An Interview With Professor Nicholas James: Part 1
Professor Nicholas James is Chief Investigator on the STAMPEDE trial. The multi-arm, multi-stage trial focuses on people with locally advanced or metastatic prostate cancer starting first-line hormone therapy. It seeks to improve outcomes and reduce side effects by adding new treatments to the standard approach or modifying the type of hormone therapy. The trial involves at least 10,000 patients and compares new treatment approaches to a "control arm," or the current standard treatments.1,2
The findings thus far
The trial finding's, as of this writing, suggest that Docetaxel chemotherapy, if given at the time of long-term hormone therapy initiation, can improve survival.2 The trial's findings have also suggested that androgen deprivation therapy (ADT), plus abiraterone and prednisolone, can improve survival, compared to just ADT alone.3
I’m pleased to say that Prof. James agreed to do an interview with me, and this is Part 1 of that interview. You can also read Part 2.
Tony: Professor, you are the Chief Investigator on the STAMPEDE trial that started in 2005 and has had over 10,000 patients involved in the trial. It would be fair to say that the trial has been groundbreaking in terms of treatment regimens for advanced stage prostate cancer. Could you please tell me what you consider to have been the biggest breakthrough to date, and how it has impacted prostate cancer care and overall survival rates?
Prof. James: I think all three of the positive arms have had big global impact. Radiotherapy, docetaxel, and abiraterone. I would not wish to pick one over the others. The trial design itself was also very important and has been used as the basis for many other studies such as the COVID RECOVERY trial.
Tony: When I was diagnosed stage 4 in May 2017, I was training to run one of the world’s toughest ultra-marathons and literally went from training for an ultra to an incurable cancer diagnosis in a matter of days. It turned out to be a pretty serious groin strain! The standard of care for advanced stage prostate cancer has for many, many years been ADT, but I’ve found the impact of ADT devastating both as a man and as an athlete. Do you think there will ever be a day where ADT isn’t standard of care, and what do you think could replace it? Are there any better alternatives that might lessen the impact of current ADT treatments like Prostap and Zoladex?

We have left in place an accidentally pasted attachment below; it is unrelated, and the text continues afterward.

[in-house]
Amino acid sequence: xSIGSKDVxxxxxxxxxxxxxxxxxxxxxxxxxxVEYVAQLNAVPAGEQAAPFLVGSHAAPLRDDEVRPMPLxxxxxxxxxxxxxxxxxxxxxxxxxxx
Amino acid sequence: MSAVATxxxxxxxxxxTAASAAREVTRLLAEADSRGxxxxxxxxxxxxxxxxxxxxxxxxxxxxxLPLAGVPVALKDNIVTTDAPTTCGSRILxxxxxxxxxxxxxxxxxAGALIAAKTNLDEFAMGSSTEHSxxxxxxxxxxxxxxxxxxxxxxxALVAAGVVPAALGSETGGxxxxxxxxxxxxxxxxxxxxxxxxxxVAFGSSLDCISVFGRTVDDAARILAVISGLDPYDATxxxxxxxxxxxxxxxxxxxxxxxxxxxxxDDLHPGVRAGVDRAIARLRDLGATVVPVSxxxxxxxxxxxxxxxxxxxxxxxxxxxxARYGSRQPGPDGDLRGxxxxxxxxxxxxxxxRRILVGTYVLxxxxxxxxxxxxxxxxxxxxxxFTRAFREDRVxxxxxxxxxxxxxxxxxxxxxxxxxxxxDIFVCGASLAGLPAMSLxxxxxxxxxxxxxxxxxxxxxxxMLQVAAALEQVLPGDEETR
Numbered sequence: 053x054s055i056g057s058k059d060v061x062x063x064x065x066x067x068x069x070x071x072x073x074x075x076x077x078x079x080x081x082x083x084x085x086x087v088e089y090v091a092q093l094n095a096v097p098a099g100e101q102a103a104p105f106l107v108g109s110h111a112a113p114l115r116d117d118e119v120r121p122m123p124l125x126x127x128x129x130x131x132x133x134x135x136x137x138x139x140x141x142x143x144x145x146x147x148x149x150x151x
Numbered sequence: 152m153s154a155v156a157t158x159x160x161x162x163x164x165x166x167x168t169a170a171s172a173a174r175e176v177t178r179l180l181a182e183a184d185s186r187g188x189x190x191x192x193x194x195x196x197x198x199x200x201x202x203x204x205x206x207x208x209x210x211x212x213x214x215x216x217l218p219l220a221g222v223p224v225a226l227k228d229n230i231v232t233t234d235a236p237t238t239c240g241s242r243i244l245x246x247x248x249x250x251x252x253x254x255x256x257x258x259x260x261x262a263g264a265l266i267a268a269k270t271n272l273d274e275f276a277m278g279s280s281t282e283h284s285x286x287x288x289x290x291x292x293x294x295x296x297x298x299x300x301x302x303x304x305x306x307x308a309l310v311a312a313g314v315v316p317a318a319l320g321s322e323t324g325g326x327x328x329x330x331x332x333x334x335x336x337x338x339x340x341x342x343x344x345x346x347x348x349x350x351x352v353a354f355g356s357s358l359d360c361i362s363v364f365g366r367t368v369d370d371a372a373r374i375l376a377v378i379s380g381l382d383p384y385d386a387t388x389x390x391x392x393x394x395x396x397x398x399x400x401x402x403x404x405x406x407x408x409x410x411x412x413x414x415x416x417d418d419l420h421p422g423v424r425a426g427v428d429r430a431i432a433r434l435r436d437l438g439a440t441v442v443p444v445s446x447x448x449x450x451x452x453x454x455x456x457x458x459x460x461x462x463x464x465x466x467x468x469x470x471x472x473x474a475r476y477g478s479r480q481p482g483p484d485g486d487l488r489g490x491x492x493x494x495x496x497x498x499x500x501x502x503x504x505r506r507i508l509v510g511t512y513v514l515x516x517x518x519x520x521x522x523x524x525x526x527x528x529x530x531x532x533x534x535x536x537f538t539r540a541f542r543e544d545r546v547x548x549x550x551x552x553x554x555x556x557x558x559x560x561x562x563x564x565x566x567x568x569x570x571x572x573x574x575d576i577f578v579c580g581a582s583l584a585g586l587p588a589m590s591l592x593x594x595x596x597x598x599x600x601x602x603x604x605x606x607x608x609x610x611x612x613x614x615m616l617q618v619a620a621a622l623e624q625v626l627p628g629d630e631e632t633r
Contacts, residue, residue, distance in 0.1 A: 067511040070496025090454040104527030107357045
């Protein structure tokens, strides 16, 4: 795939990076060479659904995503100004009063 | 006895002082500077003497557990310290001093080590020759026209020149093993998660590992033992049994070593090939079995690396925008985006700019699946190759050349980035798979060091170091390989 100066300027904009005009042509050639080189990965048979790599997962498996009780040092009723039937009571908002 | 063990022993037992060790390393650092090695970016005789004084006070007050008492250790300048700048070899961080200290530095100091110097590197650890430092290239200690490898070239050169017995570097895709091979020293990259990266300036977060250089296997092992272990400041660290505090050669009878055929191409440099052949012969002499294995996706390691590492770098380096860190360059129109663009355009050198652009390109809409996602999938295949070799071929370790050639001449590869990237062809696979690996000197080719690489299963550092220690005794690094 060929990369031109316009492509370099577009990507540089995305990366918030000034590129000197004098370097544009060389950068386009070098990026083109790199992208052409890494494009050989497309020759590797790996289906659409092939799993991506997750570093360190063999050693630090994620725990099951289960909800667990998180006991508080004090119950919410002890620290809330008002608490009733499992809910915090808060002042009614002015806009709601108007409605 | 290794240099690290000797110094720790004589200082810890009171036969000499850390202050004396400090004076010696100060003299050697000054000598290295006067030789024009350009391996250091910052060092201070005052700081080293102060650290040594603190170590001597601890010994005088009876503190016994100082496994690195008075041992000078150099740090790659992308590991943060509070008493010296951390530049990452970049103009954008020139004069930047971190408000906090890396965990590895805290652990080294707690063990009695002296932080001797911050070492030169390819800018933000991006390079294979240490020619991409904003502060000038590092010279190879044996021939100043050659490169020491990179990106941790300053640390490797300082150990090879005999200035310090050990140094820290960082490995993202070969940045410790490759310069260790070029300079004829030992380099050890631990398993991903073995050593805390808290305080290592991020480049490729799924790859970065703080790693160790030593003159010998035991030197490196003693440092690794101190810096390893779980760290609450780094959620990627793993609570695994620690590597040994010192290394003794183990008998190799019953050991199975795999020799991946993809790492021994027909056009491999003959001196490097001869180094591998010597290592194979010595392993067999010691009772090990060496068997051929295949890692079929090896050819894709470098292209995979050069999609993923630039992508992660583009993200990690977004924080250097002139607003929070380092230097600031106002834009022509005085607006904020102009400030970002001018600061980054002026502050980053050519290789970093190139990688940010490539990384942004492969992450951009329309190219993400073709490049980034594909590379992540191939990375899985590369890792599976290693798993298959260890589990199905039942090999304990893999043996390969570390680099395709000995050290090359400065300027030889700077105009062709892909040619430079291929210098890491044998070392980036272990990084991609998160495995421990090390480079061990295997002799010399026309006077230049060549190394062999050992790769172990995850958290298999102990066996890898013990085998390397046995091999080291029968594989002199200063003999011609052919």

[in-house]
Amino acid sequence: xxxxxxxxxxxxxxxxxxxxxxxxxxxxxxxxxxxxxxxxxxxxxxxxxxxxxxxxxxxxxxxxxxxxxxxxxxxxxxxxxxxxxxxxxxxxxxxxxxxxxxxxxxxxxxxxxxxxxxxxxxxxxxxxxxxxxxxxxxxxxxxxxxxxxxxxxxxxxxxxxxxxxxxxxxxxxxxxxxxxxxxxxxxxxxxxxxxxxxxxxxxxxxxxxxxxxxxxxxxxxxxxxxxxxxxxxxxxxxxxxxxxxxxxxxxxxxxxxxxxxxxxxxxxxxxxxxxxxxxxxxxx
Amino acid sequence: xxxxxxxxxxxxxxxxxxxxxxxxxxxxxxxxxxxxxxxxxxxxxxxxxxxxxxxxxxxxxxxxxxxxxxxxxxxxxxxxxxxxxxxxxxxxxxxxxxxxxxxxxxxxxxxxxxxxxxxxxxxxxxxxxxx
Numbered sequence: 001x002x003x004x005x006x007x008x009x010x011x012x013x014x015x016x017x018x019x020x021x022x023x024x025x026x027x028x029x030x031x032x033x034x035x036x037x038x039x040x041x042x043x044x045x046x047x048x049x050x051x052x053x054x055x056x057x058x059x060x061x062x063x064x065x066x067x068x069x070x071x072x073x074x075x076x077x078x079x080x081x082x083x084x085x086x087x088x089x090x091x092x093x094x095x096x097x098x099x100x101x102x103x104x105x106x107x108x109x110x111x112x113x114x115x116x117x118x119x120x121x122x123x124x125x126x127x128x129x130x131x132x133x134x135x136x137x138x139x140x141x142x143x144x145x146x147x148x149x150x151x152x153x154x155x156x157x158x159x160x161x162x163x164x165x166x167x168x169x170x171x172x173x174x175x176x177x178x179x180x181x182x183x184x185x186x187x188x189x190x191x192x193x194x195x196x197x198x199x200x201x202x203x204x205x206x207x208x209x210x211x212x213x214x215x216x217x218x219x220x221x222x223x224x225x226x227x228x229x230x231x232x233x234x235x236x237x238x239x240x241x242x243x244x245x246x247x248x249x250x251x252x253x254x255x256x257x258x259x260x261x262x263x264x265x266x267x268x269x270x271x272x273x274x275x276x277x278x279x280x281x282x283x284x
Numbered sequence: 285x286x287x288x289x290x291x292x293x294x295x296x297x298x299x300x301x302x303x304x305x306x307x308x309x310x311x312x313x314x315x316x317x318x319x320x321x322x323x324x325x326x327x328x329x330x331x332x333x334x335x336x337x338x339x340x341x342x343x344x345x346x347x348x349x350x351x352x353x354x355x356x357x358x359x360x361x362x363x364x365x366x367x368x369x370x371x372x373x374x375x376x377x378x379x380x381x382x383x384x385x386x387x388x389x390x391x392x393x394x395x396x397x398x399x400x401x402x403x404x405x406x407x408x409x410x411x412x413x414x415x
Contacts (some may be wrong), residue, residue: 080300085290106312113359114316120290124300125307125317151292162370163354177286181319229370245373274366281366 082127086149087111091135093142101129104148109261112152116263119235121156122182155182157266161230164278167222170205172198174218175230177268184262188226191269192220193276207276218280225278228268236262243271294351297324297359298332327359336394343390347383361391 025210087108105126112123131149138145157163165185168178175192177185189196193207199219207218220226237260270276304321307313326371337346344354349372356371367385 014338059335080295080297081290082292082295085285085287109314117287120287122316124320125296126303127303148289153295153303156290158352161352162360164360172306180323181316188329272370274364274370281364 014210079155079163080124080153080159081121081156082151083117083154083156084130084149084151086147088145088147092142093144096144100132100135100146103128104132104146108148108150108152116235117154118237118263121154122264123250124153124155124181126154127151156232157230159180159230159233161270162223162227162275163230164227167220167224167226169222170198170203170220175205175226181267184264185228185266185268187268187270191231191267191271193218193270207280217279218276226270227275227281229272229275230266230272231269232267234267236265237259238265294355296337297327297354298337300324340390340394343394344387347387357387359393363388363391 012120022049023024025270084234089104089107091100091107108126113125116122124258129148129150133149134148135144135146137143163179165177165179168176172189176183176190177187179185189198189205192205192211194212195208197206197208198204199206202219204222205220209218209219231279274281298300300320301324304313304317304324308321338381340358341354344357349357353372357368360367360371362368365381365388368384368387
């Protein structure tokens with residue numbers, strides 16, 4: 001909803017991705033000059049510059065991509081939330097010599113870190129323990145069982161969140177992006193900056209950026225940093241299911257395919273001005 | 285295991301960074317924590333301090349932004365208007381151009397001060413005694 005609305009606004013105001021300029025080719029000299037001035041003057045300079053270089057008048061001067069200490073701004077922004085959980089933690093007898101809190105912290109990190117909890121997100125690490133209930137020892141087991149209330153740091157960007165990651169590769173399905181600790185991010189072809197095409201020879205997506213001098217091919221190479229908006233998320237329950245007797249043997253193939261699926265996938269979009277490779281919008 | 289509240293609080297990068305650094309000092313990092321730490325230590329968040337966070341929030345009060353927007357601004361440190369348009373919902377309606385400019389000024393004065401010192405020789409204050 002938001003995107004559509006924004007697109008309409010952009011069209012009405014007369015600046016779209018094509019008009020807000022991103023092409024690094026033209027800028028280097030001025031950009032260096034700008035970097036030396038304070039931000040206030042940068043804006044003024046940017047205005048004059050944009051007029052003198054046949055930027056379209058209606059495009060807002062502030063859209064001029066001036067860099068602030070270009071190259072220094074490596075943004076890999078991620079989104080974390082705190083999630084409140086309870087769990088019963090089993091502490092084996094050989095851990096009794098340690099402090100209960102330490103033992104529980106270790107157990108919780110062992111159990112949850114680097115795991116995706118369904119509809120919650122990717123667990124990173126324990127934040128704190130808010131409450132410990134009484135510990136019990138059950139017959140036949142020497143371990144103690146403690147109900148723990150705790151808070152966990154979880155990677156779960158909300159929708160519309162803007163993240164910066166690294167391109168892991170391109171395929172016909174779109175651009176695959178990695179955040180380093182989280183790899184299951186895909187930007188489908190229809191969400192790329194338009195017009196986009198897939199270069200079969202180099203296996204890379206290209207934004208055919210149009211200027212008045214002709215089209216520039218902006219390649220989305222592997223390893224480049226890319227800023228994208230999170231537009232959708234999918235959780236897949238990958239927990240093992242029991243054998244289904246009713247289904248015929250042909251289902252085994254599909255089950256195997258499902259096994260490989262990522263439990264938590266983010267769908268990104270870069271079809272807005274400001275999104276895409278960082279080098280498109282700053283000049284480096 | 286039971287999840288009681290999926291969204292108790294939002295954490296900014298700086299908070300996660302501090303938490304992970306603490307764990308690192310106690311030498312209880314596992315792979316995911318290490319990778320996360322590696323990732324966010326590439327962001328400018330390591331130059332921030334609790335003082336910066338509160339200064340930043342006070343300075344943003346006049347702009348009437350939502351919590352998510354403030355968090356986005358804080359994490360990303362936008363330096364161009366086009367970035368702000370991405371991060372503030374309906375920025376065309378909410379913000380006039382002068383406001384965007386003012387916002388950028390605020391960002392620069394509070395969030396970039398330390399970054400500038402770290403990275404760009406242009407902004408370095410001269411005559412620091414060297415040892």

Prof. James: In the short term, these may get partly replaced by oral therapies such as enzalutamide or apalutamide. Given as monoRx (single drug therapy) these are less impactful. Other ways of sparing ADT such as SABR (stereotactic ablative radiotherapy) and treatment breaks are likely to become more prominent as well.
Looking at outcomes
Tony: It is suggested that combining Abiraterone with ADT is more effective than combining Docetaxal with ADT for men with advanced disease. However, it’s frustrating that we still don’t seem to know how much better and also how much better in terms of overall survival. Do you have any thoughts on what the likely position will be and when we’ll be able to statistically prove better outcomes using Abiraterone instead of Docetaxel?
Prof. James: Not every trial can be done, so we will probably never know for sure.
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